Traumatic brain injury (TBI) is a form of acquired brain injury resulting from sudden trauma to the head. Symptoms of TBI can range from mild, to moderate, to severe. A person with mild TBI (mTBI) may or may not experience a loss of consciousness. Other symptoms of mTBI include headache, confusion, lightheadedness, dizziness, blurry vision, tinnitus, dysgeusia, fatigue, changes in sleep patterns or behavior, and impairment of memory or cognition.
Since an accurate diagnosis is key in determining the management and predicting the outcome of patients with head trauma, it is important to use all modalities available for diagnosis, specifically DTI.
Accurate diagnosis of brain injuries is critical. Without it, medical professionals cannot take steps forward to help patients.
Advanced Diagnostics at CNS
Traditional methods of imaging brain disorders are largely insufficient; they may lack diagnostic specificity, which leads to errors and delays in diagnosis while frequently missing critical treatment windows. Advanced MR imaging expands the range of tissue properties “visible” to a clinician, including the detection of important biomarkers and the imaging of tissue function. These capabilities provide enhanced diagnostic capabilities, more rigorous ways of determining treatment parameters, and measuring response to treatment.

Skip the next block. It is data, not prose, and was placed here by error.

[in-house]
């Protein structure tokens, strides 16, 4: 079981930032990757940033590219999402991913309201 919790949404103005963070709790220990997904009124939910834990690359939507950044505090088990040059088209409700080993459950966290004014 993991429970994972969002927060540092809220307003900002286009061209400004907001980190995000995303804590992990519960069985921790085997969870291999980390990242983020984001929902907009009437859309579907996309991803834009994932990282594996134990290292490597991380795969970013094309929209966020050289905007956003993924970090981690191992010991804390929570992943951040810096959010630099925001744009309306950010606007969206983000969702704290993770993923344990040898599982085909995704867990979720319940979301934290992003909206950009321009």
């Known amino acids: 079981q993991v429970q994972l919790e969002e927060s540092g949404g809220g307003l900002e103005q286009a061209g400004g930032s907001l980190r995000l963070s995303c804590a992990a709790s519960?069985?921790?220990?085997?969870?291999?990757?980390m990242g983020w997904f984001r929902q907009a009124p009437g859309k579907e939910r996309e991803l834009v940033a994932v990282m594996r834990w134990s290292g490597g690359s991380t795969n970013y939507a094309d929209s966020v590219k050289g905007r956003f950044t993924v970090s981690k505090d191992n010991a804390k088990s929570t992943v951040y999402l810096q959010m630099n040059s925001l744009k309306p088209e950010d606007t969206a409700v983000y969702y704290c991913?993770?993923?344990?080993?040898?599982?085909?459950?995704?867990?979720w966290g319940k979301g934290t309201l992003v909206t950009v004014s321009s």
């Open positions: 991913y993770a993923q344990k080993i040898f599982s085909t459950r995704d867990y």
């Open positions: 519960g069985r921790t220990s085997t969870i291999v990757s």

The medical team at CNS has changed the landscape for people suffering with mild– to moderate–TBI. From sports-related concussions, to assaults, to motor vehicle accidents, CNS research has successfully shown that advanced MR imaging is far more sensitive than clinical imaging standards.
Our team has presented their work in high-visibility journals, scientific conferences, and before National Institutes of Health and Department of Defense-sponsored workshops.
They have testified before Congress on brain injury in NFL players after studying 45 former players in an NFL-sponsored study. The advanced MR imaging available at CNS has been admissible in court as material evidence, often tilting the balance of cases. Their ground-breaking work will become the standard for confirming the diagnosis and prognosis of mild brain injury and ensuring maximum outcome.